Half-year results of the kingfisher
How difficult can it be to sell barbecues and the sun-burnt gazebos to the most sensitive French? Very difficult, according to B & Q and the owner of Castorama Kingfisher – although not as difficult as the desperate homebase has found him.
With almost no one in Britain pre-Brexit who moved home or garden, the Anglo-French DIY chain reported a 0.5% share of sales in parity in the UK and Ireland, while total sales in B & Q are decreased 2.3 percent to £ 1.8bn, or 2.5 percent like for like – offset 10.4 percent sales growth, or 4.5 percent as a like, at the supplier of the Screwfix dealer.
But France continues to be the nuage noir à l'horizon. Total sales of Kingfisher in France decreased by 2.1 percent, or 2.4 percent, to 2.267 million pounds, reflecting the weak performance of the Castorama chain, only partly offset by the improved performance of Brico Dépôt .
Even more worrying, however, were the observations on the five-year transformation plan of the chief executive Veronique Laury, called ONE Kingfisher. It aims to develop unique products for do-it-yourself companies. But it continues to vomit so many "challenges" that the executive in charge of unification of the supply chain is jumping out of the white van halfway.
Arja Taaveniku, chief offer and supply chain officer, joined Kingfisher only three years ago, with the task of unifying the ranges within the group. But with 42% of the unified Kingfisher products after two and a half years, "Arja recognized that it's the right time to change leadership for the function."
Meanwhile, Kingfisher admits three persistent challenges: sales at Castorama, where "the client's overall perception is not where it should be"; another 40 basis points down the gross margin due to "logistical and equity inefficiencies"; and too much stock influencing working capital.
- Group like-for-like sales down by 1.1%
- Gross margin down 40 basis points
Bottom line: The pre-tax profit drops 14.8 percent to 375 million pounds.
How was the city expected? In terms of revenues, probably yes. The second quarter upgrade of Kingfisher had shown that Castorama was still the gros problème with a 3.8% drop in sales in the second quarter. But the constant challenges and change of staff will worry critics of the city of Kingfisher.
What was said: Laury said: "Transformation on this scale is tough and there are challenges we are facing." There is still much to be done to improve our performance in France and remove inefficiencies in the business as we continue to transforming ourselves to the rhythm … The environment is making our task harder than expected ".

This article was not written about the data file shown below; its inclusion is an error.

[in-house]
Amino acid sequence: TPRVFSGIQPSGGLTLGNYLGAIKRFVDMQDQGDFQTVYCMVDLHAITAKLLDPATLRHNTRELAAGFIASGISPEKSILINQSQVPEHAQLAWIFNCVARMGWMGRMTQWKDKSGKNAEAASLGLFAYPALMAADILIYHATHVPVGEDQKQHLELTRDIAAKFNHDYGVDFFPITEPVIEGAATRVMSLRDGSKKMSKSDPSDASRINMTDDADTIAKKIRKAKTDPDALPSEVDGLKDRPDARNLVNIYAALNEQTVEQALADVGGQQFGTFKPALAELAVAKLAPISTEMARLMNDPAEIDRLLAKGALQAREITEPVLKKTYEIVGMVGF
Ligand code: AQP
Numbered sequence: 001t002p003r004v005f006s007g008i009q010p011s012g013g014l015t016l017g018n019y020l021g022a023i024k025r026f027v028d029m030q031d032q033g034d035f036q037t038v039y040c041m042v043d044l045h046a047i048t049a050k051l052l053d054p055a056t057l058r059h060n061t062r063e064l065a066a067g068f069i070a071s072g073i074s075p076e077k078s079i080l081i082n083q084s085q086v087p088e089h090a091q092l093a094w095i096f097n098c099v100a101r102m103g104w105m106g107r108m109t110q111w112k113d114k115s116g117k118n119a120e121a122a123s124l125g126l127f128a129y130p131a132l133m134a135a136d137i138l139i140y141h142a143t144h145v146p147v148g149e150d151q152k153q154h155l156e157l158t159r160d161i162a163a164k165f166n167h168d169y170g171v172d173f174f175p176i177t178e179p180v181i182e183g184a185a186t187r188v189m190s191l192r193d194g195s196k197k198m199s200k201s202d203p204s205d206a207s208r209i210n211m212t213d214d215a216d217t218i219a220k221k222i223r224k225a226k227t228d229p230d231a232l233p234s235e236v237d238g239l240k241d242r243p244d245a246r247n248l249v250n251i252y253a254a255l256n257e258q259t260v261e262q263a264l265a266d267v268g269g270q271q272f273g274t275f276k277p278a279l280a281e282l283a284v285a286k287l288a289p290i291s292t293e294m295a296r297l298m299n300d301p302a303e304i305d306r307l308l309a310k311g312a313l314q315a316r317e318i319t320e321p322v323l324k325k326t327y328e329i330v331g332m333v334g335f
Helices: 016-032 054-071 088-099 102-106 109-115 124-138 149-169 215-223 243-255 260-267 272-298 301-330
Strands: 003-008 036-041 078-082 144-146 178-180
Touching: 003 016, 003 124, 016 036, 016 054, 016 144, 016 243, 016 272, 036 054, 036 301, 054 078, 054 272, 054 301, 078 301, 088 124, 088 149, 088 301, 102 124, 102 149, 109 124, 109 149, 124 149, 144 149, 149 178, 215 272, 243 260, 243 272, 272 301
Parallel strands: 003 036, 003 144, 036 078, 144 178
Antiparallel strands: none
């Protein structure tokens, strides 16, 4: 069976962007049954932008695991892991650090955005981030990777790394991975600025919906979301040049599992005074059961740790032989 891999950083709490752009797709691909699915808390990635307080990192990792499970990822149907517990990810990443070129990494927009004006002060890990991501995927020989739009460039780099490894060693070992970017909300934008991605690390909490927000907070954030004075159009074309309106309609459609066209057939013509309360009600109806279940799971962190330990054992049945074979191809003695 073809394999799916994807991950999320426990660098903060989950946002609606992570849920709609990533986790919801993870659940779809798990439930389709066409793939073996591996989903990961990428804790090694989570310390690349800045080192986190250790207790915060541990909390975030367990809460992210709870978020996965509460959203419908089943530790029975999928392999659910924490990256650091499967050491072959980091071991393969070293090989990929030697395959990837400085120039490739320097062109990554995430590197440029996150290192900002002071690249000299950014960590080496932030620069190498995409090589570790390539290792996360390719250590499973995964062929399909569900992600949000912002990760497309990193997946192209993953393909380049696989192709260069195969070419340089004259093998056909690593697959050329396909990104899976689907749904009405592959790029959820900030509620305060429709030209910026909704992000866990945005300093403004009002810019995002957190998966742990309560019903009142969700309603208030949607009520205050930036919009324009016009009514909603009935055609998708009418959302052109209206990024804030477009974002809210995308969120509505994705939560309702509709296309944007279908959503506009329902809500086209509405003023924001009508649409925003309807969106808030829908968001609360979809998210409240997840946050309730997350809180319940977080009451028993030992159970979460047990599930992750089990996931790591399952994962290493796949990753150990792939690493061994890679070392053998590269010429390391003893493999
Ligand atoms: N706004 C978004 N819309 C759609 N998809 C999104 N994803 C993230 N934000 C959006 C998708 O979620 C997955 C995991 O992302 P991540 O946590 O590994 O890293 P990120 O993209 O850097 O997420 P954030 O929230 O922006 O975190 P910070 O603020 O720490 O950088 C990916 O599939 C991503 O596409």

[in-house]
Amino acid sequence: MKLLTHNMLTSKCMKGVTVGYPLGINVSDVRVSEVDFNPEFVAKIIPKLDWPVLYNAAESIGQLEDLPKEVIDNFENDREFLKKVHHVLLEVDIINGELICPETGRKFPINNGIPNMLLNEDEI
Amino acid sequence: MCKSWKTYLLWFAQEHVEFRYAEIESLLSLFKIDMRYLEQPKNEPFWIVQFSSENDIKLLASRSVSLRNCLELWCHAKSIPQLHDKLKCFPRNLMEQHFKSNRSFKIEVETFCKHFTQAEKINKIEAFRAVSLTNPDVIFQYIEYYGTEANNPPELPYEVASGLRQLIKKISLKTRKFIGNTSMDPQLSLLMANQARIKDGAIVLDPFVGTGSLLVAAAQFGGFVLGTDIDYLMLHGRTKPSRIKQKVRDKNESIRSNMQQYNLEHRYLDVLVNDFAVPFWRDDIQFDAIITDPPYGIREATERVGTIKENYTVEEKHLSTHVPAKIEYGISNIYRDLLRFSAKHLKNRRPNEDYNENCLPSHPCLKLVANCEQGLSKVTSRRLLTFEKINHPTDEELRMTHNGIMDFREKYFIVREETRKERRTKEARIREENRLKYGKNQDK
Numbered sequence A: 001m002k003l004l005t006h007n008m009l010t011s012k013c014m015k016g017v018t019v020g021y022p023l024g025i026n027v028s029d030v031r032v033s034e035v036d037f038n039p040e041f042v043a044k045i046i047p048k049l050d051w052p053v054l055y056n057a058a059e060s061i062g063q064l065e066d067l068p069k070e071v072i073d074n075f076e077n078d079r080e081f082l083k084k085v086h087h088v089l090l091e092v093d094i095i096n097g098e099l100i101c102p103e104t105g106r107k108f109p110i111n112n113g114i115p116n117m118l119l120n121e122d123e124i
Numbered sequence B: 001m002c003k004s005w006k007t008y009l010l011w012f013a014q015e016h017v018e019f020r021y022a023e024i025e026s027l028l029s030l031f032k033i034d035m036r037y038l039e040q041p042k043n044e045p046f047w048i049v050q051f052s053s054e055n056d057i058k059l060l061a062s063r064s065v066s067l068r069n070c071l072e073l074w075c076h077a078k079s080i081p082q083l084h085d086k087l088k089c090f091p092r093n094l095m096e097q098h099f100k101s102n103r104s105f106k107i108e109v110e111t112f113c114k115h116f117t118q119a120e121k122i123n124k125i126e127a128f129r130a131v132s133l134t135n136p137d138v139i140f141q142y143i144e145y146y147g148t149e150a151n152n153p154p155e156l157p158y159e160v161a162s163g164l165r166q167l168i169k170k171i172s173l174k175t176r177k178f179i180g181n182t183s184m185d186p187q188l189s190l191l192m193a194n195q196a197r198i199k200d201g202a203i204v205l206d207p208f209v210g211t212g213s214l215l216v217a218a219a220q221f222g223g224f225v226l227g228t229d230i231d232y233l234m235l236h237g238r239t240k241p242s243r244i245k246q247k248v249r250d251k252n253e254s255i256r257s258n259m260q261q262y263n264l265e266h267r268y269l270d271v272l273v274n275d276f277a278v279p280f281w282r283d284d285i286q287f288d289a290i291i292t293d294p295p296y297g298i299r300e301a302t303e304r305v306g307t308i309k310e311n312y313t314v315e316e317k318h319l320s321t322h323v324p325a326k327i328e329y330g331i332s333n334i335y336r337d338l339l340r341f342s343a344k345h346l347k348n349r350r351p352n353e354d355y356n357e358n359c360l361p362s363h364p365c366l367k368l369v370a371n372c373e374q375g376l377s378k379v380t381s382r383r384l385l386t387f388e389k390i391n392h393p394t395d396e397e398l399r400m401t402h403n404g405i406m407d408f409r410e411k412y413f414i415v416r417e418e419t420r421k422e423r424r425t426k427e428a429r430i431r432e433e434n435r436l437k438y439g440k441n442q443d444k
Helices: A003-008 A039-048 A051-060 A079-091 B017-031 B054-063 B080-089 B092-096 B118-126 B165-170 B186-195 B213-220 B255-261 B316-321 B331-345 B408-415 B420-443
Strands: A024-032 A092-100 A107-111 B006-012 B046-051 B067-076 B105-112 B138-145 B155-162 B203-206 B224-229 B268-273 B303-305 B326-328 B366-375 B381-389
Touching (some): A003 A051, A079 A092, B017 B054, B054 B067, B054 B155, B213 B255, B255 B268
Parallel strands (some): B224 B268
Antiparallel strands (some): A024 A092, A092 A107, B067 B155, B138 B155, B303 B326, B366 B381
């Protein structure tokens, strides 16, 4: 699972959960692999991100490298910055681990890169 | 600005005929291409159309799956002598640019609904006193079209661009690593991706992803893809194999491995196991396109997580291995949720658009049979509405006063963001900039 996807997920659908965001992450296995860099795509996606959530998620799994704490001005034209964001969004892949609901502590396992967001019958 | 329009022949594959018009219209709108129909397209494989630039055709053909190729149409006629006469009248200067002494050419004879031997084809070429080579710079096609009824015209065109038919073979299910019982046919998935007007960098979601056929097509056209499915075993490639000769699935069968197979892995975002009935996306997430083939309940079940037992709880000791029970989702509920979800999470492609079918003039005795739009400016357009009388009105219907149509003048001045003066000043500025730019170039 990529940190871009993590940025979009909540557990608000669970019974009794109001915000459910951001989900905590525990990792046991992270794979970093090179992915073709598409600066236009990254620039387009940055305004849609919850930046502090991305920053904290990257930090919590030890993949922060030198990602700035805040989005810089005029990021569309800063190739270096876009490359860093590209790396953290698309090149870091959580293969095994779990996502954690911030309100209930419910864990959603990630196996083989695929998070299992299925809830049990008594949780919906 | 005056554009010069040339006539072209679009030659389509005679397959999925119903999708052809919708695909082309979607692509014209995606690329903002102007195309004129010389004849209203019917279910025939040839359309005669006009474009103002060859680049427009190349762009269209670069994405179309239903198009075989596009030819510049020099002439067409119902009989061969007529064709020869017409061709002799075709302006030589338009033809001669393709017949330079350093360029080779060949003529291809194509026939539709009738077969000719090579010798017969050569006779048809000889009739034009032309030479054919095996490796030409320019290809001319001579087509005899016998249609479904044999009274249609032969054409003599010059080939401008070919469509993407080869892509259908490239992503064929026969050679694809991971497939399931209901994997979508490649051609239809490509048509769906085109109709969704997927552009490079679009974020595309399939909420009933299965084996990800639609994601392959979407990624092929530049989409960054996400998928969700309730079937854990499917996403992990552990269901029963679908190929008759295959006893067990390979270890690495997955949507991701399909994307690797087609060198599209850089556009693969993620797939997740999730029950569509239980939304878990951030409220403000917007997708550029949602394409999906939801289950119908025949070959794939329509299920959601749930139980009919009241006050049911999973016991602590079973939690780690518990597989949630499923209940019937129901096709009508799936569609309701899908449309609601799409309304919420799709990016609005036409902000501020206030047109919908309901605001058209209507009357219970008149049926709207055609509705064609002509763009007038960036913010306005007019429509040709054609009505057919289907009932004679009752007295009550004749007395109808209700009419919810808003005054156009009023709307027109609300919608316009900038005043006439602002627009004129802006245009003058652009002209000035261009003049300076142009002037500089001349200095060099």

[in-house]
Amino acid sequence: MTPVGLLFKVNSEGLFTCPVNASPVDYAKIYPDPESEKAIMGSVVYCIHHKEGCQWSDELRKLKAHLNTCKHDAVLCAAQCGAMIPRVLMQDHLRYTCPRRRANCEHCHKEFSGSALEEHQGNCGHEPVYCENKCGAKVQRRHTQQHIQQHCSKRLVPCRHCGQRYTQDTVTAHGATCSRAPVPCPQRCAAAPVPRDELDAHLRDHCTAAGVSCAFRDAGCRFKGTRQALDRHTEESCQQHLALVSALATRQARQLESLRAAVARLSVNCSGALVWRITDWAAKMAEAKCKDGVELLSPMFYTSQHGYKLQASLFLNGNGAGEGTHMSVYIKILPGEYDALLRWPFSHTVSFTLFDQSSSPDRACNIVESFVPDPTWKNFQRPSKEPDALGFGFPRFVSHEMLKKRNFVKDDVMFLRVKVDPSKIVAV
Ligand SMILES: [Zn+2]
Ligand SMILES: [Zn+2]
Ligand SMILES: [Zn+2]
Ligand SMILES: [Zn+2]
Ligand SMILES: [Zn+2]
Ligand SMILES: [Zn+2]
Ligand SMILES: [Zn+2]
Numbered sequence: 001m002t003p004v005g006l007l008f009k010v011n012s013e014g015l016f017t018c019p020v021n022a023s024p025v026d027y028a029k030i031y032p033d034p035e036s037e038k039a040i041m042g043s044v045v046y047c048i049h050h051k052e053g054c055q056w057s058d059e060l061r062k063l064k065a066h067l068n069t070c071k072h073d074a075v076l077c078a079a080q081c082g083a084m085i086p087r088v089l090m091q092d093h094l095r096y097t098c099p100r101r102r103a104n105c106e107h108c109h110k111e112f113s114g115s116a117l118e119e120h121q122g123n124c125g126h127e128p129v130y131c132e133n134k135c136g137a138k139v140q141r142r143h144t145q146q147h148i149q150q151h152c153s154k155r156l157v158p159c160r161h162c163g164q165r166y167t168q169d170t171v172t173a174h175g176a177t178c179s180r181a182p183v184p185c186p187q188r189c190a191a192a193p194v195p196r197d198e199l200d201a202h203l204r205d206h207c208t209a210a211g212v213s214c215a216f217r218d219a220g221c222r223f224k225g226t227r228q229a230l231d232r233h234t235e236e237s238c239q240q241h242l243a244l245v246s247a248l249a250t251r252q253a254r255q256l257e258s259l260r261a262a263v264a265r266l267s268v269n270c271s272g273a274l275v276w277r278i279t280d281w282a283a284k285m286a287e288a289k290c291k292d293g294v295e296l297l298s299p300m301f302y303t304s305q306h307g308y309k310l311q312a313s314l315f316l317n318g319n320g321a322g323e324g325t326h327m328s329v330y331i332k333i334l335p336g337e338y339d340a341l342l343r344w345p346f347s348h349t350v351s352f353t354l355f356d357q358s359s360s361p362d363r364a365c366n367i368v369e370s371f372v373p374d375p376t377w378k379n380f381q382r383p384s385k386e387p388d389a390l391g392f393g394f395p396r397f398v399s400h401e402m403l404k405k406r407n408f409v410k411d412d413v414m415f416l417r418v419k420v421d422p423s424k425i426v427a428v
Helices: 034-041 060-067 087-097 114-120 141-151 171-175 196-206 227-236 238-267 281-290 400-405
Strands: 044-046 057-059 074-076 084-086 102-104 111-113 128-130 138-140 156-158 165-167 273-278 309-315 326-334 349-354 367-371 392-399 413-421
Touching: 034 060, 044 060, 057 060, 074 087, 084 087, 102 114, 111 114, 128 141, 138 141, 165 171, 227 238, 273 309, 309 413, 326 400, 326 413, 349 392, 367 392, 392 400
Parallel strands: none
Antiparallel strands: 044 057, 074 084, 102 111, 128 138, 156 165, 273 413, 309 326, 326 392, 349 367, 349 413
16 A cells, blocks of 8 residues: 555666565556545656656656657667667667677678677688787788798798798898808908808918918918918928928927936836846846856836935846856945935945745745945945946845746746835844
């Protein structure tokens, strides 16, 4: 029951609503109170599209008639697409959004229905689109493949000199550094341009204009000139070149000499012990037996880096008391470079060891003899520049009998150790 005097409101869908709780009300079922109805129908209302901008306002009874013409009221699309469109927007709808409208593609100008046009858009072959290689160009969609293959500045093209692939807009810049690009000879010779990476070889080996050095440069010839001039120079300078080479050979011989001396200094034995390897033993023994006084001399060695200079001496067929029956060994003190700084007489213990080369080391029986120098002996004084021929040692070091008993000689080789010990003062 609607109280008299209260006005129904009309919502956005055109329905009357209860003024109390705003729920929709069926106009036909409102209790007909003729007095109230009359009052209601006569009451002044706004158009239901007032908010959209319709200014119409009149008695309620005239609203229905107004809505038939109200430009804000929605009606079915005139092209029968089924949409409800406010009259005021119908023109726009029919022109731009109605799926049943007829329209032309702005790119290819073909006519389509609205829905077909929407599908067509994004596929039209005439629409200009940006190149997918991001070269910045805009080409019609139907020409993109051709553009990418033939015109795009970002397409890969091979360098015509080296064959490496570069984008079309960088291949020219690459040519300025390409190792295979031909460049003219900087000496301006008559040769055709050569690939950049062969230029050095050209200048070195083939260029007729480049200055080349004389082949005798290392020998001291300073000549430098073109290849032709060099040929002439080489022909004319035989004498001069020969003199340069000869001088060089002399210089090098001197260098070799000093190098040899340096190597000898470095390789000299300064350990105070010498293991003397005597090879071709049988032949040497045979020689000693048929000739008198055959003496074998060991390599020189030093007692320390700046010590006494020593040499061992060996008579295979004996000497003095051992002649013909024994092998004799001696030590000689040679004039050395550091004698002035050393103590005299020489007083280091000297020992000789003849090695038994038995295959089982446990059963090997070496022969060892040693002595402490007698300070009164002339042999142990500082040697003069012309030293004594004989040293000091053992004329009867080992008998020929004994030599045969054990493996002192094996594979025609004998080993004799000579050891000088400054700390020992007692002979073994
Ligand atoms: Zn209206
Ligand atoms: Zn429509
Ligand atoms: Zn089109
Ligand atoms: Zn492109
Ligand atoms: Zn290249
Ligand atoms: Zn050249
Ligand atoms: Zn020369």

Verdict OQ: Kingfisher is in the middle of its five-year turnaroid plan, with little to show in terms of sales performance, as the continued interruption of stores only exacerbates the weak commercial conditions in the UK and France. Losing executive power for the central part of the plan – halfway – says it all.
Survey on the merger of Sainsbury-Asda
Thus, J Sainsbury's boss, Mike Coupe, will not be "in the money" – as he once sang famously – yet. This morning, the British Competition and Market Authority confirmed that it was referring to the proposed merger between Sainsbury and Asda for an in-depth investigation into "phase 2". He stated his preliminary investigation that the agreement "raises enough concerns to report for a more in-depth review". But Mr. Coupe always knew that. Indeed, Sainsbury and Asda had requested a "quick" referral to this "Phase 2" probe.
- 31 percent – probable market share of Sainsbury Asda's combination, based on Kantar data;
- 28% – market share of the current Tesco supermarket number one.
Bottom line: Sainsbury will have to lose some stores to get this.
How was the city expected? Yes. Mr. Coupe had always admitted that the organization resulting from the merger would have to sell off some stores to get the deal approved. "It is certain that the stores will have to be disposed of – the million dollar question is how many and to whom, and we will work with the authorities in this regard," he told FT at the start of this month.
What was said: The CMA said: "Companies are two of the largest food retailers in the UK and their stores overlap in hundreds of local areas, where buyers may have to face higher prices or a worse quality of service."
Verdict OQ: Sainsbury had always suggested that any investigation of competition would be based on the benefit of the consumer – he was confident – and not on the impact of the supplier, whose adversaries had warned. So it is interesting the announcement of the CMA that will examine the issues "related to fuel, to the general merchandise (such as clothing) and to the" increase of the buyer power "on suppliers".
The current Longobard column focuses on Santander's interest for the city broker Peel Hunt
How to write a research note from a broker. Open the announcement of business results on your computer. Highlight the first three paragraphs and the "outlook" section. Press Ctrl + C. Press Crtl + V. Add the share price forecast: "Execute Market". OK, so it's pretty unfair. And perhaps a bit hypocritical from a journalist. But this is how a search for analysts may appear – and why others question their value now that the Mifid II regulations mean that asset managers pay separately.
This would certainly explain why, on Tuesday, the Cenkos broker said that its research and commission income fell by 12% and that its pre-tax profit fell by 90%. What would not explain, however, is why the Spanish bank Santander is said to be negotiating to buy the Peel Hunt broker.
Read the rest of today's Lombard column here.
FT Opening Quote, with comment by Matthew Vincent, is your first Square Mile briefing. You can receive it by email at 8:00 am every morning by registering here.